Maybe injuries over his career are slowing him down, but his shots per 60 minutes over the last two years (7.87 and 7.65) have been higher than his career average from 2007-2014 (6.73). He’s also still just 28 years old, so he’s not in the same camp as names like Sharp, Marleau, or Iginla.

I think Perron, in the right situation, cracks 50 points again. He would look good playing in Brooklyn alongside John Tavares, or in Calgary on the top line with Sean Monahan and Johnny Gaudreau.

Andrew Ladd

The 46 points Ladd totaled last year is not what fantasy owners have come to expect from the talented winger over the last few years. I wonder how many people realize that he posted a three-year high in goals, though, with 25?

Ladd’s low point total was due to his low assist total. He had his lowest assist per 60 minutes rate since 2011-2012, and the lowest first assist rate of his career (well, since 2007-2008). Not surprisingly, he also had his lowest on-ice shooting percentage since 2011-2012 as well.

There is no way to quantify this, but I wonder how much Ladd was distracted last year. Basically, once the season was lost after a 4-8-1 November record, Ladd was all but assured to be traded by the trade deadline. Once he was traded, he never really seemed to find his groove in Chicago. I do think it’s worth considering last season a one-off year, rather than the beginning of a serious downward decline in production.

The individual shots and shot generated per 60 minutes were pretty normal for Ladd, which indicates to me he was as involved in the offence. It’s worth noting that he had two (2) power play assists in 59 games with the Jets before he was traded. If that number is somewhere around eight, he’s over 50 points for the year, and the conversation about his production is likely a different one.

So, who needs a very solid left winger who can score? Anaheim. I know they work with an internal budget, and still have Hampus Lindholm to sign (should they choose). Ladd will cost a pretty penny, I would have to think. It just seems he’s the type of player the coach and management would love, and fits a glaring need the Ducks have. They probably go the cheaper route, but a guy can dream.

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In a slight non-fantasy slant, there was a good read over at Puck Daddy yesterday comparing Subban and Weber from Ryan Lambert. Readers would do well to give it a look.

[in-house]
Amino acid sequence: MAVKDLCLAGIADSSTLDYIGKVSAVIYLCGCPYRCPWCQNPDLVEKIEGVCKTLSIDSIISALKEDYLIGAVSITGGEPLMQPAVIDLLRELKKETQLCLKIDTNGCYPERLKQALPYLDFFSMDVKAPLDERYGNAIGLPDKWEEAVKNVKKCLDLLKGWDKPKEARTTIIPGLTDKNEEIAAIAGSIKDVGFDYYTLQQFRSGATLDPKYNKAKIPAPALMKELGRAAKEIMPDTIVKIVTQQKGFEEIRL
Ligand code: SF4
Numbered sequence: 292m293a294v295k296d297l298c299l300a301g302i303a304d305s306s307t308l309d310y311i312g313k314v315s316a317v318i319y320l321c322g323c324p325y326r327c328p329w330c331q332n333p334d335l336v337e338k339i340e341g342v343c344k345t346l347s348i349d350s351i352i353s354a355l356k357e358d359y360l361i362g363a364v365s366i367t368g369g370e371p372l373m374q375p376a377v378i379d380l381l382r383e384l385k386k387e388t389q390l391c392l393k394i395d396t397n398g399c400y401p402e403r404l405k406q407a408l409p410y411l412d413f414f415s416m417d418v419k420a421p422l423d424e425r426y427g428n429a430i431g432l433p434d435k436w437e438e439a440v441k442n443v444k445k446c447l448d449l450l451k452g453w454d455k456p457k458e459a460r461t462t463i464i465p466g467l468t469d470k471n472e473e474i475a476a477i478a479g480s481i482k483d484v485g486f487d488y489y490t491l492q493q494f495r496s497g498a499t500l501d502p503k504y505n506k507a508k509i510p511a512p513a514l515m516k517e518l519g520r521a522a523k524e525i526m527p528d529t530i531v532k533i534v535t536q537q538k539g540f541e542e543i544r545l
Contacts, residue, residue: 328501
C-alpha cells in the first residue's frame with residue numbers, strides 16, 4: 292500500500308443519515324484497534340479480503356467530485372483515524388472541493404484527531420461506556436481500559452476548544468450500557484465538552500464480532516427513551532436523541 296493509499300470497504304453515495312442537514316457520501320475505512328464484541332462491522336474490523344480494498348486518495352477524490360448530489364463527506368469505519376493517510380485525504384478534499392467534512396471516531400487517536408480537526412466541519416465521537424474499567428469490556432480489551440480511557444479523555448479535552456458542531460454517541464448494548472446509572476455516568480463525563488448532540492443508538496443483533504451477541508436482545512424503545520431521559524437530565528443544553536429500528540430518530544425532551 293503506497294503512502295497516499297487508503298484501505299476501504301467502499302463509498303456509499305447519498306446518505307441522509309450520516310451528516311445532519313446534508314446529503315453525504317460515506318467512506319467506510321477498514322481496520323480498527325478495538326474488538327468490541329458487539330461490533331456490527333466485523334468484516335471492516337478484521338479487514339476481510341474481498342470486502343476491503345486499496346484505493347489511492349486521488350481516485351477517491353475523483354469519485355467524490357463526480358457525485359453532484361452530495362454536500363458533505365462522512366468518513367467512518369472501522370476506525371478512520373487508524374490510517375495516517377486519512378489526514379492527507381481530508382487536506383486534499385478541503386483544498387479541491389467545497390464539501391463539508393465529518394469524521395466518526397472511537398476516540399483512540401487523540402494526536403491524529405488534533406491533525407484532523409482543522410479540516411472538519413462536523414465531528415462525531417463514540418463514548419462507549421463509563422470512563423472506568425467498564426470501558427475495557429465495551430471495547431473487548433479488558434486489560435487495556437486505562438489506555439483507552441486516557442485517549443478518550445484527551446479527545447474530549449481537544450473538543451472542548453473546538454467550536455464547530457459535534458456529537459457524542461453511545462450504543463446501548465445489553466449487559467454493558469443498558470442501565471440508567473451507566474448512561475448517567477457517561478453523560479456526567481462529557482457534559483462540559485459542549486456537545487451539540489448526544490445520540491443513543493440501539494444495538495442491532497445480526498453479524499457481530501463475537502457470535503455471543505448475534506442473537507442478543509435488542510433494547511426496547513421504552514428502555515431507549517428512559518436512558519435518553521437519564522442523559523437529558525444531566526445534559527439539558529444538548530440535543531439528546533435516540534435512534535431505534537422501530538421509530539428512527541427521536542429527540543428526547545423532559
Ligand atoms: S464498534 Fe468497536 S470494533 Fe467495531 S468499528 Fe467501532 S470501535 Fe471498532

Some may want to give the edge to Montreal because of toughness, leadership, etc. Fine. If that’s where people want to hang their hat on the trade, by all means, you are free to do so. But by any measure we can quantify, this was bad for Montreal. And that doesn’t even mention the social impact:

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The Bruins blue line is in definite need of a rebuild, and it started in earnest yesterday.

First, Boston put Dennis Seidenberg on waivers for purposes of a buyout. He was never the super solid defenceman he was made out to be, but probably could still be useful to someone as a depth guy. Just not with a $4-million AAV. However, in real-time stats fantasy leagues, a depth pair doesn’t bring much fantasy value, so Seidenberg’s fantasy-relevant days are likely over.

Boston also signed RFA defenceman Torey Krug to a four-year deal:

I really like this deal for Boston. At worst, Krug is a very good number-2, top pair d-man who can run a power play. He’s an elite point producer, and getting him for a little over $5-million a year seems to be a good price for Boston.

I wrote a little bit on this a month ago here in the Ramblings.

Krug seems to be poised for a huge fantasy year. Coming into his Age 25 season, with three full years under his belt, Krug has proven to be a 40-point d-man. Keep this in mind: after averaging 13 goals in each of his first two seasons, Krug scored just four last year, on 244 shots on goal. In fact, Krug’s 1.6-percent shooting rate was the worst in the NHL for any player with at least 150 shots on goal. Just rebounding to what he did in the first two years pushes him over the 50-point plateau.

That doesn’t even take into consideration the potential for more minutes. Krug has seen his minutes increase by roughly two minutes a game each full season in the NHL. Now that he’s being paid as a top pair guy, and due to lack of other viable options, I don’t see how he finishes with under 50 points next year, barring injury, extreme bad luck, or a complete implosion by the Bruins offensively.

Value comes from looking for indicators of a breakout. Krug has some of those indicators. Do not be surprised if he finishes somewhere in the 10-15 range in roto leagues among d-men next year.

*Some stats from Hockey Reference, Hockey Analysis, and Frozen Pool. Cap info from CapFriendly